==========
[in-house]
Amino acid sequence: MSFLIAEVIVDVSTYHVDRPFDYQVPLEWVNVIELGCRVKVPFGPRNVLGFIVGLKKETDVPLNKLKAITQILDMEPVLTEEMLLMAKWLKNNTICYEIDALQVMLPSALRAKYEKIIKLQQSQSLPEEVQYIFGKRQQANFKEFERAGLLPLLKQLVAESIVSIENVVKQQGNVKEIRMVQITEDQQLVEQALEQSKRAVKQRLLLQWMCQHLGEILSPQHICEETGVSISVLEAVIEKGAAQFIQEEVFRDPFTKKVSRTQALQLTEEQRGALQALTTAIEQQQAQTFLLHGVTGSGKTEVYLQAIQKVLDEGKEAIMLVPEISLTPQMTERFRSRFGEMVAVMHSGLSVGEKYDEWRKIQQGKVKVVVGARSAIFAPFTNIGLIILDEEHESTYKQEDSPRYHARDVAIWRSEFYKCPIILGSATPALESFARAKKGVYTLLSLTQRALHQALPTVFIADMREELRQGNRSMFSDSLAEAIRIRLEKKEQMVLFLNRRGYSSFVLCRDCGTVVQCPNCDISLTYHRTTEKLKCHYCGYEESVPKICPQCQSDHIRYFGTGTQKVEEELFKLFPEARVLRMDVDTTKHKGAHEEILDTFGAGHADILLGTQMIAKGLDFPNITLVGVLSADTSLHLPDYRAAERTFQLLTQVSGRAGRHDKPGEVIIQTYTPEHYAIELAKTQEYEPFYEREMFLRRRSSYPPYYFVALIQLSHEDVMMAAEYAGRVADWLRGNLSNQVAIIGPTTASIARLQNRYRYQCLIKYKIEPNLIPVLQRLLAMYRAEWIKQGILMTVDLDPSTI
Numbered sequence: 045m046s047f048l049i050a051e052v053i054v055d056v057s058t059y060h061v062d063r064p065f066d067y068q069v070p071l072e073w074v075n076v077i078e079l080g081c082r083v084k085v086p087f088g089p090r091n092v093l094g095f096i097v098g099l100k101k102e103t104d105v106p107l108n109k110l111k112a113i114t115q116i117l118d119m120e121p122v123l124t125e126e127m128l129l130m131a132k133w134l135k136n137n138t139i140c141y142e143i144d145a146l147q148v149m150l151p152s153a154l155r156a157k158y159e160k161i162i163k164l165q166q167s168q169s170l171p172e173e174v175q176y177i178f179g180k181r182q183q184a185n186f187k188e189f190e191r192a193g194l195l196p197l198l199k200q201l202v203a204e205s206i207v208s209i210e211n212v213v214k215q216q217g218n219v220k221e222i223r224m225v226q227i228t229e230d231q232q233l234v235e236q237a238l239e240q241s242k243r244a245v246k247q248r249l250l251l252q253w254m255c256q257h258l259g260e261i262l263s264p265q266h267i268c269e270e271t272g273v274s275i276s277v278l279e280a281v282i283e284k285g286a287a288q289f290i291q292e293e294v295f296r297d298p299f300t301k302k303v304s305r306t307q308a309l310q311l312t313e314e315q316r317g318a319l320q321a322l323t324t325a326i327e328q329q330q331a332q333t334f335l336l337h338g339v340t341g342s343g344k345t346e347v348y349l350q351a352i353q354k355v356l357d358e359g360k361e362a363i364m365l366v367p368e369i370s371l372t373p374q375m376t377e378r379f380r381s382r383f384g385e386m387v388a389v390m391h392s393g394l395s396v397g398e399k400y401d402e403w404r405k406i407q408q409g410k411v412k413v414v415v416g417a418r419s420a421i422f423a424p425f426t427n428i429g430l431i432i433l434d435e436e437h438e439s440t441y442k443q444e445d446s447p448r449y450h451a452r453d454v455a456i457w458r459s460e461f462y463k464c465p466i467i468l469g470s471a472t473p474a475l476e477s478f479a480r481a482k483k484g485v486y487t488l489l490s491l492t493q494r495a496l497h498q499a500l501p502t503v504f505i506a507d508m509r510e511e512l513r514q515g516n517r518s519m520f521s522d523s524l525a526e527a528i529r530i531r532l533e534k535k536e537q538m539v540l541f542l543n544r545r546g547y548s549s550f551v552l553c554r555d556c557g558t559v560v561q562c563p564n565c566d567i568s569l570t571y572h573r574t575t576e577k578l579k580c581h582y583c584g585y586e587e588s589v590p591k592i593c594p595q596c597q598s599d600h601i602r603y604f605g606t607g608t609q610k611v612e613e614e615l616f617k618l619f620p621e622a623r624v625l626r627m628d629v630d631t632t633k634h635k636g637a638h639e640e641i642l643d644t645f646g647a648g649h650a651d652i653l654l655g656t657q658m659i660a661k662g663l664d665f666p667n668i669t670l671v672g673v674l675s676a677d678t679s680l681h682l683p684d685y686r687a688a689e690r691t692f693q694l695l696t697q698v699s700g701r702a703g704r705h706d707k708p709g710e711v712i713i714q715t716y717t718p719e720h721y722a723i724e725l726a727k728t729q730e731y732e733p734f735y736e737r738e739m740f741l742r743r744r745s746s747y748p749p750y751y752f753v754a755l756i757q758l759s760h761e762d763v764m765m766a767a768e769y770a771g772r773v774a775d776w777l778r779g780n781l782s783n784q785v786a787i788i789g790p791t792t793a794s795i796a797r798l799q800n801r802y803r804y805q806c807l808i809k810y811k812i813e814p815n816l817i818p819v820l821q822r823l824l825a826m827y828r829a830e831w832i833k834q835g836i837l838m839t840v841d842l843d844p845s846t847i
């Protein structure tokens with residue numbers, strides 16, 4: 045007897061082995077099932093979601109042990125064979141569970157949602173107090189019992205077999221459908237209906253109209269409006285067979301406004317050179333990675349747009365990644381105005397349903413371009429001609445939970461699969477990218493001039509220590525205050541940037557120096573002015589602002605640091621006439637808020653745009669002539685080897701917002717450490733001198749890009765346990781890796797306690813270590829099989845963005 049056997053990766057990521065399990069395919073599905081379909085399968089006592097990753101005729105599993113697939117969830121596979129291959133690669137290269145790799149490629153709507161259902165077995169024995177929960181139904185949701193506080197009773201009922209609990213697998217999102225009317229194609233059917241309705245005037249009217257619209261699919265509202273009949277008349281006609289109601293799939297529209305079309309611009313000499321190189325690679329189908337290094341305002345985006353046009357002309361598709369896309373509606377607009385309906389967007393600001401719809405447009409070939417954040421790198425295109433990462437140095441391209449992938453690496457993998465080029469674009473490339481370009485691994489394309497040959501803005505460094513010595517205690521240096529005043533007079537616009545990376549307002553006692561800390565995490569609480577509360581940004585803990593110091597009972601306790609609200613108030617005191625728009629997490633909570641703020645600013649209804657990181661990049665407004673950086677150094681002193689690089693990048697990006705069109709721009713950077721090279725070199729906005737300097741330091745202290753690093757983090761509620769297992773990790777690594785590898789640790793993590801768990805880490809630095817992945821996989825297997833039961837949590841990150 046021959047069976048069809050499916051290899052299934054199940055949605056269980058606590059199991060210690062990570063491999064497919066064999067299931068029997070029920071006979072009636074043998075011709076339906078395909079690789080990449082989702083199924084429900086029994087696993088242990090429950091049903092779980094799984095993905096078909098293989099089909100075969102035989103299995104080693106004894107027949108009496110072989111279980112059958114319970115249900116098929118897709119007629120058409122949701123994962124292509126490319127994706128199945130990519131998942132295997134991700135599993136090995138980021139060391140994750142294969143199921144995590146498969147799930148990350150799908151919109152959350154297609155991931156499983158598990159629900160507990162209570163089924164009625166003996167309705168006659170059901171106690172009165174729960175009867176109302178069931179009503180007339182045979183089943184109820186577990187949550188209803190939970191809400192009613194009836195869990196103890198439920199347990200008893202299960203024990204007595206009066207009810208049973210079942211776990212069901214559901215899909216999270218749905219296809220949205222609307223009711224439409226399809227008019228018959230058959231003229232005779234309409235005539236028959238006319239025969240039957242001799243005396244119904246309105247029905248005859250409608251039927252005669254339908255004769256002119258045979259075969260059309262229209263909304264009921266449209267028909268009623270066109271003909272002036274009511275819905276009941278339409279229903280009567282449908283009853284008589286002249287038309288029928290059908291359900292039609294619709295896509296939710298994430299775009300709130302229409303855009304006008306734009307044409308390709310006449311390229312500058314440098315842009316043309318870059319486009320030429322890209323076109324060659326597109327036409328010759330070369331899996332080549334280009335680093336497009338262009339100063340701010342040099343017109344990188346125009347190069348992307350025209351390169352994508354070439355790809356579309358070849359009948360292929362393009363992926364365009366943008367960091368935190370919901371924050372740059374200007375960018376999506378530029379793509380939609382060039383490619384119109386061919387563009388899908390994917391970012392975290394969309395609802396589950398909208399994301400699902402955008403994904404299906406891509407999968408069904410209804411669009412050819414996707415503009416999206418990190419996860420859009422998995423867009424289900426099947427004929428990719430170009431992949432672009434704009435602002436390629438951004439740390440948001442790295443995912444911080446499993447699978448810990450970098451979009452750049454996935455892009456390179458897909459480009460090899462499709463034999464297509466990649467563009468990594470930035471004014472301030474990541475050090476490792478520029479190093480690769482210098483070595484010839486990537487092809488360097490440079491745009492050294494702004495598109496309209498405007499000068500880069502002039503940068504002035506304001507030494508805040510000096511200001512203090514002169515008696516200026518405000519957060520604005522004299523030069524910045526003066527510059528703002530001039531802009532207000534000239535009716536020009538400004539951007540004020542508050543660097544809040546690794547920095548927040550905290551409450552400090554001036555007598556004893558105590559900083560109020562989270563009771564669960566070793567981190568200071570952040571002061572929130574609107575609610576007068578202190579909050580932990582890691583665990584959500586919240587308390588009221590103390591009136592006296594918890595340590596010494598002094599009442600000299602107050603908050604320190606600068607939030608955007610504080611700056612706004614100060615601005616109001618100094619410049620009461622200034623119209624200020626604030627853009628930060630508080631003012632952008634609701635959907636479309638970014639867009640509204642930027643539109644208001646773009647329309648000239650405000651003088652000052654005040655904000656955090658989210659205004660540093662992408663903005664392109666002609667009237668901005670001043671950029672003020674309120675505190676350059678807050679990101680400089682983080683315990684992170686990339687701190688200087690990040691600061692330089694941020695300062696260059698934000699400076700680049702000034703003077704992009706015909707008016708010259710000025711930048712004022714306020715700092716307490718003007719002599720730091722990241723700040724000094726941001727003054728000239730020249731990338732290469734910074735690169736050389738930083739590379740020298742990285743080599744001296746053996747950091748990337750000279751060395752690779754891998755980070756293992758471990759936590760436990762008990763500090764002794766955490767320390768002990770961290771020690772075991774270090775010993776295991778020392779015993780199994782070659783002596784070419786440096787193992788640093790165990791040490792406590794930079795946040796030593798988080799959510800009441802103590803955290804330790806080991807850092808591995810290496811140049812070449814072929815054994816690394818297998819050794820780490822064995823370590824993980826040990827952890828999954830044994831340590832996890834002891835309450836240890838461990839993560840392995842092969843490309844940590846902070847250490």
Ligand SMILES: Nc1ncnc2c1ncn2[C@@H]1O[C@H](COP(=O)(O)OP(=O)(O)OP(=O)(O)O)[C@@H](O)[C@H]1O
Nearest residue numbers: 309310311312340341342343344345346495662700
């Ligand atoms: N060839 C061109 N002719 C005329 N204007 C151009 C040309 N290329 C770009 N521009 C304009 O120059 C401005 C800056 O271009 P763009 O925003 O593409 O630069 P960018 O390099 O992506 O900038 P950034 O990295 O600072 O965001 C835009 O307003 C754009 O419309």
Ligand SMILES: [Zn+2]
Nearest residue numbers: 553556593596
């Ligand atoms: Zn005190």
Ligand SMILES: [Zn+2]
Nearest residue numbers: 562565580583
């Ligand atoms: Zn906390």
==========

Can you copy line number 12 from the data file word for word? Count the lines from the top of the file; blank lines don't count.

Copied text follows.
Nearest residue numbers: 562565580583